If your child comes back home with a stomach ache, will you run through in your head, what she ate throughout the day? Will you consider if her hands were clean or she had dirt in her nails which she may have swallowed? Will you consider if the snack she ate at the restaurant yesterday may have caused an infection?
But will you consider possible mental health scenarios that might have impacted her physical health? That she is possibly facing a challenge at class that she can't fully find the resources to process? Or that she has recently been going through episodes of bullying that she has been finding hard to handle?
If you have a flare up of a skin condition a few days after you go through a difficult conversation with your boss, will you remember to check in with yourself about what possible emotional/mental health factors in the last few days may have caused this? And if yes, what might be something you do, to help yourself ease out of it? (apart from seeing a doctor or taking medication)
More celebrities and media personalities are now coming out openly to talk about their struggles with mental health and how they coped with it. As a culture, we are now opening up to our vulnerabilities and meeting them with empathy and understanding rather than looking down on them as something shameful, weak or undesirable.
The most important benefit of this topic becoming so open to discussion is that now more than ever, we have a chance to become authentic by allowing ourselves to navigate better through and accept what feels good to us and what doesn't.
If you're curious to find out how mental health affects physical health, here are some angles to help you find perspective and insight:
One way of looking at the connection between mental and physical health is the understanding that many of our illnesses have a psychosomatic root.
The term psychosomatic refers to real physical symptoms that arise from or are influenced by the mind and emotions rather than a specific organic cause in the body (such as an injury or infection). A psychosomatic illness originates from or is aggravated by emotional stress and manifests in the body as physical pain and other symptoms.
For example a pain in your neck may be triggered by stressful situations. It may be something that over the years has been building up and has now become a combination of mental and physical factors. And a stressful situation can become a trigger to the pain.
Think of it like this, like a pressure cooker, stress that is pent up in your body will come out one way or another. The healthiest thing you can do is to develop a controlled way to “vent” instead of letting stress find a weak point and explode.
Journaling, meditation, EFT, self-reflection and counselling are all great ways to develop healthy coping mechanisms to deal with the stressors in your every day life.
Mind Body Connection
If you go one step further, you'll find various experts that have talked about the mind body connection. Some experts believe that 99% of the physical symptoms in our bodies are a result of emotional issues. This means that our thoughts, feelings, beliefs, and attitudes can positively or negatively affect our biological functioning. In other words, our minds can affect how healthy our bodies are!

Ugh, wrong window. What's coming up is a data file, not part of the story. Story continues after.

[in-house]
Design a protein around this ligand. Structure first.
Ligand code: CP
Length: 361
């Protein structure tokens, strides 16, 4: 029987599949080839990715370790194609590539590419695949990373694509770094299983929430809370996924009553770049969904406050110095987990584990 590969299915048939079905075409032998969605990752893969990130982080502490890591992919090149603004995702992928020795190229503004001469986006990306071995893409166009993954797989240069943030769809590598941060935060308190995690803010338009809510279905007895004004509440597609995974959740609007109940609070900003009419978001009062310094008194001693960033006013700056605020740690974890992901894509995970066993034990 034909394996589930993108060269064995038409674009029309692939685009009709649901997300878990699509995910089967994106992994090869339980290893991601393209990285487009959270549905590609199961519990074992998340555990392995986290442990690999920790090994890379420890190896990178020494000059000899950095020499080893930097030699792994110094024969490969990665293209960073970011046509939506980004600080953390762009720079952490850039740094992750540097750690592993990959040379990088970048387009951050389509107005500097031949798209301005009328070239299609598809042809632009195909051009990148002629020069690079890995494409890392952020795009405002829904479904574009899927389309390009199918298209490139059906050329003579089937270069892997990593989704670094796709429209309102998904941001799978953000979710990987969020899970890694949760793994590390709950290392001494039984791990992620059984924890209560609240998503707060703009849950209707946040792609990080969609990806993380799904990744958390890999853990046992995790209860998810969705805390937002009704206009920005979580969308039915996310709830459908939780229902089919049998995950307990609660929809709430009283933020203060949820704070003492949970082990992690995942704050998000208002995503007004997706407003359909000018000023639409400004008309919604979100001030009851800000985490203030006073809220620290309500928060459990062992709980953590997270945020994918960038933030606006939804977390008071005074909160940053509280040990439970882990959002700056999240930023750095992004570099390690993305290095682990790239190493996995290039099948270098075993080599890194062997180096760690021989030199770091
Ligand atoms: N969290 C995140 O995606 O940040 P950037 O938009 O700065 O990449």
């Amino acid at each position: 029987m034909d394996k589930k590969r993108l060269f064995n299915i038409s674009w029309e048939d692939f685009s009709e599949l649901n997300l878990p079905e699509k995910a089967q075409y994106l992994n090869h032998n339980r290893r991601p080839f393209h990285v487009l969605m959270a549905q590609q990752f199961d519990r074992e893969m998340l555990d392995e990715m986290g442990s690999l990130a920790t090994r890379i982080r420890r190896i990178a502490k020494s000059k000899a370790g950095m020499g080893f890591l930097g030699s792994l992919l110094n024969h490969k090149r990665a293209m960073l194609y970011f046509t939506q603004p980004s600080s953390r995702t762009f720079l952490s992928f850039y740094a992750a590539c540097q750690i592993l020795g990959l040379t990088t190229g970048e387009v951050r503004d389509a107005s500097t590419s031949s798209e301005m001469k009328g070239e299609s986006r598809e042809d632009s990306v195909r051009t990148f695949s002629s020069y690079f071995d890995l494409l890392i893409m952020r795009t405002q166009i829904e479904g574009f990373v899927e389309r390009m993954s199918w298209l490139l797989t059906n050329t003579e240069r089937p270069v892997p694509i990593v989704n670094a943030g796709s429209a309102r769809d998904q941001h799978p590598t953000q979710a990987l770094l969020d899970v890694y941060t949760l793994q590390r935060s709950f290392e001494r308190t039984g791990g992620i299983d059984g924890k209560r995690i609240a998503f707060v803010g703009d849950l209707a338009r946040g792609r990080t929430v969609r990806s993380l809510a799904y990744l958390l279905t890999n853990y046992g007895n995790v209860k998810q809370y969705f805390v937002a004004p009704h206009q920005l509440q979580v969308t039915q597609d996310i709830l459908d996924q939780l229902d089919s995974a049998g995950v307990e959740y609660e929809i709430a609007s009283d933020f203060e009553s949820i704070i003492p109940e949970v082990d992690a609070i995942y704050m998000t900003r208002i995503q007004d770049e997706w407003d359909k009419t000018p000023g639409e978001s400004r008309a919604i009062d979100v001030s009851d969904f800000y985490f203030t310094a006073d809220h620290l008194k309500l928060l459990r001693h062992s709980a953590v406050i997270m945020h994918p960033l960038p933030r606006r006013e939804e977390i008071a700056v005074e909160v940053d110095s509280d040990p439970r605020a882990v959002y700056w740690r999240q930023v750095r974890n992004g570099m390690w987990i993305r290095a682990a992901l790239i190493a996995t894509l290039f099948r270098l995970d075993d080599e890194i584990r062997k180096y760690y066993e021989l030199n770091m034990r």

It doesn't go to say that every stressful situation is going to have an adverse affect on our health, but more towards that if we have a healthy relationship with our emotions, we better cope with stressors in our life in a way that gives us a chance to be healthier physically as well.
When you are stressed, anxious, or upset, your body reacts in a way that might tell you that something isn’t right. For example, you might develop high blood pressure or a stomach ulcer after a particularly stressful event, such as the death of a loved one.
When you improve your emotional health by living a more balanced life, taking better care of yourself and finding ways to be in touch with your emotions, you automatically benefit your immune system and overall health.
Everything Is Energy
According to Donna Eden, author and teacher of Energy Medicine, 'Your body is a self-healing genius.'
Every person is born with natural self-repair mechanisms that kill the cancer cells we produce every day, slow down the aging process, and fight off infections. And good healers know that their job is to facilitate this tremendous ability to heal.
After all, casts don’t heal broken bones; casts hold the affected area in place so that the body can mend itself. Yet many of us continue to rely completely on doctors without realizing just how brilliant our self-healing powers are.
Start listening with love to your body’s messages. Even when you feel ill, or when you’re suffering from an injury, your body is not your enemy. By responding with the compassion to give yourself what you need — rest, good food, exercise — you’ll learn how to optimize your strength and joy.
When you start to make the connections between your mental (& emotional health) and your physical health, you'll find yourself increasingly becoming more aware of what works for you and doesn't. It can lead to a deeper change in your perspective towards how you approach your life!
P.S: "Be Yourself" is an adage that has been repeated hundreds of thousands of times. But at it's very core, is something interesting. If you take 'be yourself' to mean 'be authentic to yourself' it means you allow yourself to be accepting of what your truth is in that moment. And the most basic form of that truth is what your body is expressing to you. When you sync with that truth, whatever it might be, your body is able to relax and create an environment where it can heal itself. Isn't that the most basic definition of 'Being Yourself'?